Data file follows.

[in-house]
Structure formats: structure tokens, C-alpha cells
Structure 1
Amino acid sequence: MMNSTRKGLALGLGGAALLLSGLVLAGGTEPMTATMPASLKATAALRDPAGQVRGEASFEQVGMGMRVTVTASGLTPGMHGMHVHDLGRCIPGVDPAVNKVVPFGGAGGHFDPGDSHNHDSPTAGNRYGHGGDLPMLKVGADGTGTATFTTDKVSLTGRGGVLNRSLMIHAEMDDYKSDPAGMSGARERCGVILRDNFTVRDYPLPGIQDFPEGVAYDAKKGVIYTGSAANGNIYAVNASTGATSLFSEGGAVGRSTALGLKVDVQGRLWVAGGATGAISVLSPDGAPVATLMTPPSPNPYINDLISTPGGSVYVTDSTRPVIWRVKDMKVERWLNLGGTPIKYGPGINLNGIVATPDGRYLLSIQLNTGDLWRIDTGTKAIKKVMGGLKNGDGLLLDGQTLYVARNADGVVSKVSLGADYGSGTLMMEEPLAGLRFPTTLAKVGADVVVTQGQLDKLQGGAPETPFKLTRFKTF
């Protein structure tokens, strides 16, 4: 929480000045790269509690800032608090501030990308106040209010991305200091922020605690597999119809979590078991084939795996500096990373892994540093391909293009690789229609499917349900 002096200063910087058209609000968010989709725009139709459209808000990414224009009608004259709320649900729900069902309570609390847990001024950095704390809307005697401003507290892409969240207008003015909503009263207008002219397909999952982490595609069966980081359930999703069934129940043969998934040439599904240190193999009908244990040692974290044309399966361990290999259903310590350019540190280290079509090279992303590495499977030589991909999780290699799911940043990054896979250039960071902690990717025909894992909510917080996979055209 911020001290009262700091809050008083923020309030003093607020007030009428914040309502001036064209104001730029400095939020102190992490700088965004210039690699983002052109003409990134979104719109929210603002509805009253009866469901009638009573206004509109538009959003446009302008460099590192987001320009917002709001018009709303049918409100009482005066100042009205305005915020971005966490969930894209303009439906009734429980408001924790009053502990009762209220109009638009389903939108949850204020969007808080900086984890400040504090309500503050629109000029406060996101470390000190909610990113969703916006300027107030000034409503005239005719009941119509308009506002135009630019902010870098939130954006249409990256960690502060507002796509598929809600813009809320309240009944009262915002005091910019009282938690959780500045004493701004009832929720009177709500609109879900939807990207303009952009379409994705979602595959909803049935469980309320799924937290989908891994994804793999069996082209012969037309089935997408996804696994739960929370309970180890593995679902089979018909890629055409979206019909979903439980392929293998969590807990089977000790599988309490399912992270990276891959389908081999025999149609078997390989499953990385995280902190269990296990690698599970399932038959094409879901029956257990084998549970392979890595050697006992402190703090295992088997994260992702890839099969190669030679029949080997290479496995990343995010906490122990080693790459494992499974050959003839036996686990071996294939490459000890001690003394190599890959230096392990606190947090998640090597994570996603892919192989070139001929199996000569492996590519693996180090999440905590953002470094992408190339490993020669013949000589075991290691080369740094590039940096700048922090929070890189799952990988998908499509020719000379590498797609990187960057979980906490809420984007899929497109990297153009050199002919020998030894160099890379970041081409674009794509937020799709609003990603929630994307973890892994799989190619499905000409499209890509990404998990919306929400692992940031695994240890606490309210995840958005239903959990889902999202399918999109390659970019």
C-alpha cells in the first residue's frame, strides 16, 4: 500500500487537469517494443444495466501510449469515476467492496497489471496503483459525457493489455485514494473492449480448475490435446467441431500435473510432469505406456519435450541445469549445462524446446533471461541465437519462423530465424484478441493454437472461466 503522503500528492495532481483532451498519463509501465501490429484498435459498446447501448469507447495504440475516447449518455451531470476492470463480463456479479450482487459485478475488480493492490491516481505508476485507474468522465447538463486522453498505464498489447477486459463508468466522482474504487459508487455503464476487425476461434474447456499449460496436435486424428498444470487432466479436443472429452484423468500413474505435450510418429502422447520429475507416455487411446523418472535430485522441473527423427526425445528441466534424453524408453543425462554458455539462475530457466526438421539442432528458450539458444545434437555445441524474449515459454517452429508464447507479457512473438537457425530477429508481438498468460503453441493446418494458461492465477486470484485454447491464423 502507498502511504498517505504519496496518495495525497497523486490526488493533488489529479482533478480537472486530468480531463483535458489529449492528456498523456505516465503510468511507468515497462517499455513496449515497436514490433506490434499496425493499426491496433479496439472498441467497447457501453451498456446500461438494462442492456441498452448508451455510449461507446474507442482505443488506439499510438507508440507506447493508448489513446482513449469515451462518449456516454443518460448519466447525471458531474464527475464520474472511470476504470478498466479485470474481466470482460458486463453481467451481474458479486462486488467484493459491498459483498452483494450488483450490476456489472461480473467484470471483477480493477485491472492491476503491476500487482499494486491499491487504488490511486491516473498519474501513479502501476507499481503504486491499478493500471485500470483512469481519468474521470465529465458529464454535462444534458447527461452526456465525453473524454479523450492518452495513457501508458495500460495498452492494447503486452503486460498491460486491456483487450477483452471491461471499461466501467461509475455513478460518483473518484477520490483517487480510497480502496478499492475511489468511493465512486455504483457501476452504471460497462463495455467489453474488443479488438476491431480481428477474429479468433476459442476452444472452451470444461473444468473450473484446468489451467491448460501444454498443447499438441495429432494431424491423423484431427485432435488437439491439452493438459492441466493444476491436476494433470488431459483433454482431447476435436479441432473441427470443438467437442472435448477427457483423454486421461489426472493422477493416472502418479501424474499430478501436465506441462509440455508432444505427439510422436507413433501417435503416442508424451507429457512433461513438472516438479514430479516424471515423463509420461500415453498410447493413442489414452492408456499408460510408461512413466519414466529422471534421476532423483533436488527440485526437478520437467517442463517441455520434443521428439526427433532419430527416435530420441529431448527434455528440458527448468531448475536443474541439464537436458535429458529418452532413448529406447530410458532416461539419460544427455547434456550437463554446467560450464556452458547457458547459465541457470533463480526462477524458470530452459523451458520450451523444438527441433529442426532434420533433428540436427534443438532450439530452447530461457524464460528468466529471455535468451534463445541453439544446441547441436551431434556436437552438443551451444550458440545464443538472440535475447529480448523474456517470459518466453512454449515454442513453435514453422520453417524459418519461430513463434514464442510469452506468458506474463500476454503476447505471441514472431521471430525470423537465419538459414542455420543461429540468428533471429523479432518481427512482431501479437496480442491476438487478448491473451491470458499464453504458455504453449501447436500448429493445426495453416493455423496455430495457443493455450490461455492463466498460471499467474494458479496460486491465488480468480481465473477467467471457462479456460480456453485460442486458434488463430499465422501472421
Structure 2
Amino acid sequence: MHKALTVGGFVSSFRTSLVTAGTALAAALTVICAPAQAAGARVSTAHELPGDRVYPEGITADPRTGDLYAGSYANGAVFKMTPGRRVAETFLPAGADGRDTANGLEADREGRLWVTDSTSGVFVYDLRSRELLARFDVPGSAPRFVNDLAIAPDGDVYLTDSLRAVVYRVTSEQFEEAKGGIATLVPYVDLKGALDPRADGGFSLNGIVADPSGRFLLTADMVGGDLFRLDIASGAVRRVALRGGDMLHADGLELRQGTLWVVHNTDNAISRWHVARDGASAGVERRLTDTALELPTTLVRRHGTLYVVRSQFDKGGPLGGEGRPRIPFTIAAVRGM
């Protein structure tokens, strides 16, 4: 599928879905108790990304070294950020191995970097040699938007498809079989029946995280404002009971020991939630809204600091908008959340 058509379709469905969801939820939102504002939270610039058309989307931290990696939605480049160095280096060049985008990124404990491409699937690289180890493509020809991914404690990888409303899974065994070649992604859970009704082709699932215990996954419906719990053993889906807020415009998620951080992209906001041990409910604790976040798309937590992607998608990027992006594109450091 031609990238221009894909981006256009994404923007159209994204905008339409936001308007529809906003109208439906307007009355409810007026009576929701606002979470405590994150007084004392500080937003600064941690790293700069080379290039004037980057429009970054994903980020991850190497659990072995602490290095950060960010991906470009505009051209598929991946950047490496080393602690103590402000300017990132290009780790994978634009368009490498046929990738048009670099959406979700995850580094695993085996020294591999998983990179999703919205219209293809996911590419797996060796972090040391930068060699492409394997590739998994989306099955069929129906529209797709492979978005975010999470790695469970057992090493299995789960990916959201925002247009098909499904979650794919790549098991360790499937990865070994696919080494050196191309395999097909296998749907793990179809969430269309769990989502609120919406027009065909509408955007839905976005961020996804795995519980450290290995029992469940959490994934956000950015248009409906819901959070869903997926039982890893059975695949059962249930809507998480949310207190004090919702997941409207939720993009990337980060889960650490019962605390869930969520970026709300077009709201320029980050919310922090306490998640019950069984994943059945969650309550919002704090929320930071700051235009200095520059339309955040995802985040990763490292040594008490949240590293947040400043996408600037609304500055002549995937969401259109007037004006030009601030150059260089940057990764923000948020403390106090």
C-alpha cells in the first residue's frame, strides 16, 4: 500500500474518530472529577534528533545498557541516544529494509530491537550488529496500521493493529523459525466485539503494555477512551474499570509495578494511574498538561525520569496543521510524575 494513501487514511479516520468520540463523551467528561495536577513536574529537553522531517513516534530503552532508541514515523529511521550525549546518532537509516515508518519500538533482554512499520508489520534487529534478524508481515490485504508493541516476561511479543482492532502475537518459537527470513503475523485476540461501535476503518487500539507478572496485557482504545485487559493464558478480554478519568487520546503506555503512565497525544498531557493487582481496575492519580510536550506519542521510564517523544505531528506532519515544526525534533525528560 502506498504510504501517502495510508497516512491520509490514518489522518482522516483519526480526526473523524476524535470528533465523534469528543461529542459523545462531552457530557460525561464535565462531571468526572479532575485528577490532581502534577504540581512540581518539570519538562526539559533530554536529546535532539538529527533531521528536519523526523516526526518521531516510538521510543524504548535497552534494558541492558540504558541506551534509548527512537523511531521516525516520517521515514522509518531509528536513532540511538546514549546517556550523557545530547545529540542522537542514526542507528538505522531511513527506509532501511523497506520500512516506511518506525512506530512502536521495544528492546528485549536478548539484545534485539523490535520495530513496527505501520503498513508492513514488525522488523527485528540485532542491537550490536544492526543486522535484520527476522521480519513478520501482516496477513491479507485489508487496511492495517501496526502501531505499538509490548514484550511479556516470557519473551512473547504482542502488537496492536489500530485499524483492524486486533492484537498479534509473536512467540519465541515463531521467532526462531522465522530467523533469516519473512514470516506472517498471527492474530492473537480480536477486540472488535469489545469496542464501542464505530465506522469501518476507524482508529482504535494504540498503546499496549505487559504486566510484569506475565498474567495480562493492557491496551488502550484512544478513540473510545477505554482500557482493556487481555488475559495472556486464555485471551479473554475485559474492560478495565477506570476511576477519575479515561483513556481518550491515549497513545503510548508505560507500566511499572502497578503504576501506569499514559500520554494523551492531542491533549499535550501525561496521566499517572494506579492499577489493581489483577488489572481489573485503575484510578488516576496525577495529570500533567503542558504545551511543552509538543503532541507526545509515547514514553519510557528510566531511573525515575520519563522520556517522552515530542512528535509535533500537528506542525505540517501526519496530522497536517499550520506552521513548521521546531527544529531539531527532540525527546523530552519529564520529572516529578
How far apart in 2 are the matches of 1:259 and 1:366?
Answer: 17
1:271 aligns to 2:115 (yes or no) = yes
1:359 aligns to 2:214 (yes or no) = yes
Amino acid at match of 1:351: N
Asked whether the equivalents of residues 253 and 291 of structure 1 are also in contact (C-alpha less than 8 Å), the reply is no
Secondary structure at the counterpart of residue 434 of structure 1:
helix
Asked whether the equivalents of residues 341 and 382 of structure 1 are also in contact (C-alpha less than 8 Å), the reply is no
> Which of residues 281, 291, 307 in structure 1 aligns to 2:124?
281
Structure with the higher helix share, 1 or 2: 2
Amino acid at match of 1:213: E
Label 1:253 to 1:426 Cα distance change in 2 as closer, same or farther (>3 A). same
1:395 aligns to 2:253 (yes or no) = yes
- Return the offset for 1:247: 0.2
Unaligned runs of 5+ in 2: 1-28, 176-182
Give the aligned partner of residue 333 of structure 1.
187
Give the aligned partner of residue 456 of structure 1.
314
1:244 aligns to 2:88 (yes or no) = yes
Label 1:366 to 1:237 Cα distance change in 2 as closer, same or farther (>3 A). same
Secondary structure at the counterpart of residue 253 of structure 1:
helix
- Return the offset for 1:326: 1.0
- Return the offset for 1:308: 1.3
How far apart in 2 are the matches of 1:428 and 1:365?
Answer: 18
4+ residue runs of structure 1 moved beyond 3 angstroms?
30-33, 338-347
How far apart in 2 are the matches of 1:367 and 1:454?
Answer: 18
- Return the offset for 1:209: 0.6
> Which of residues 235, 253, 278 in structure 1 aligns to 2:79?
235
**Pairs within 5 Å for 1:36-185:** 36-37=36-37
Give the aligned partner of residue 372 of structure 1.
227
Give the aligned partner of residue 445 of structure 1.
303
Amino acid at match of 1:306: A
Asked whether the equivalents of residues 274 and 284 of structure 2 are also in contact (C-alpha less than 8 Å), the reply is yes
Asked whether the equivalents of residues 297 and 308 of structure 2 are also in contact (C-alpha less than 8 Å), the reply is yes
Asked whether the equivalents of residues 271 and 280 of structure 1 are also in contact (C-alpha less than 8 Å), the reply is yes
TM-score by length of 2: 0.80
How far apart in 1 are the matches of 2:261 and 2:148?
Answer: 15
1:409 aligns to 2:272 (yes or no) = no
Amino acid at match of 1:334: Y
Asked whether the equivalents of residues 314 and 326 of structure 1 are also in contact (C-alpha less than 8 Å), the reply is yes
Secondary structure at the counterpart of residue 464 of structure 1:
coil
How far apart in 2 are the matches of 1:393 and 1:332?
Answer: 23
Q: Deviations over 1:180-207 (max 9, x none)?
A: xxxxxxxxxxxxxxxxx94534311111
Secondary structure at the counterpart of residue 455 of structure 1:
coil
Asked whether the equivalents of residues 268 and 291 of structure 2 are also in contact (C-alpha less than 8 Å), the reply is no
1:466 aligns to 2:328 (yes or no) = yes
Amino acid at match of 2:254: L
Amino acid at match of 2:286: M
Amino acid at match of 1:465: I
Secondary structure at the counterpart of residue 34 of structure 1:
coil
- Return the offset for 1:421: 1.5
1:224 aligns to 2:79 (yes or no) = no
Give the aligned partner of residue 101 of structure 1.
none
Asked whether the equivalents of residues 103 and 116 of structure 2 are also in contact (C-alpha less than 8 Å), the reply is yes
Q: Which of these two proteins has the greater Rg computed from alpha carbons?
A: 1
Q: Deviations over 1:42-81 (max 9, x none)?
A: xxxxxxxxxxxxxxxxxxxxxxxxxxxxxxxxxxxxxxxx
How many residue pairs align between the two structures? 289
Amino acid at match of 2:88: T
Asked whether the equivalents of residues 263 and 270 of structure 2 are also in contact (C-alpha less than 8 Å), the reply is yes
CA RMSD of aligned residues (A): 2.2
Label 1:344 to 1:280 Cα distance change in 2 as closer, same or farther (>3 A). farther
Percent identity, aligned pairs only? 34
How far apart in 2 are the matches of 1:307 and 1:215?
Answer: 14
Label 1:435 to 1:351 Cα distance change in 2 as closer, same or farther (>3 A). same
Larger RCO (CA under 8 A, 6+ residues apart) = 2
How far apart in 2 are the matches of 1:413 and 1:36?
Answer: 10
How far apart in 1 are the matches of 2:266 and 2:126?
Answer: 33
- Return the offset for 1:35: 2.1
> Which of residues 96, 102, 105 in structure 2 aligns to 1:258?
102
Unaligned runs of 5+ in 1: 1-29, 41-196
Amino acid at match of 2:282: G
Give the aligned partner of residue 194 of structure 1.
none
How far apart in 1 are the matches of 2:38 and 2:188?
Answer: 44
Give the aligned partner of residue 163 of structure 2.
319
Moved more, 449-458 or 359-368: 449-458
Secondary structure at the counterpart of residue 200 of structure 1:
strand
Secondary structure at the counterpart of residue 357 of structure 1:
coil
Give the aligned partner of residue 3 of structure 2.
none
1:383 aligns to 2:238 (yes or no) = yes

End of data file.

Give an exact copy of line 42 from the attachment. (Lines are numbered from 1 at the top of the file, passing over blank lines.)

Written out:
How far apart in 2 are the matches of 1:367 and 1:454?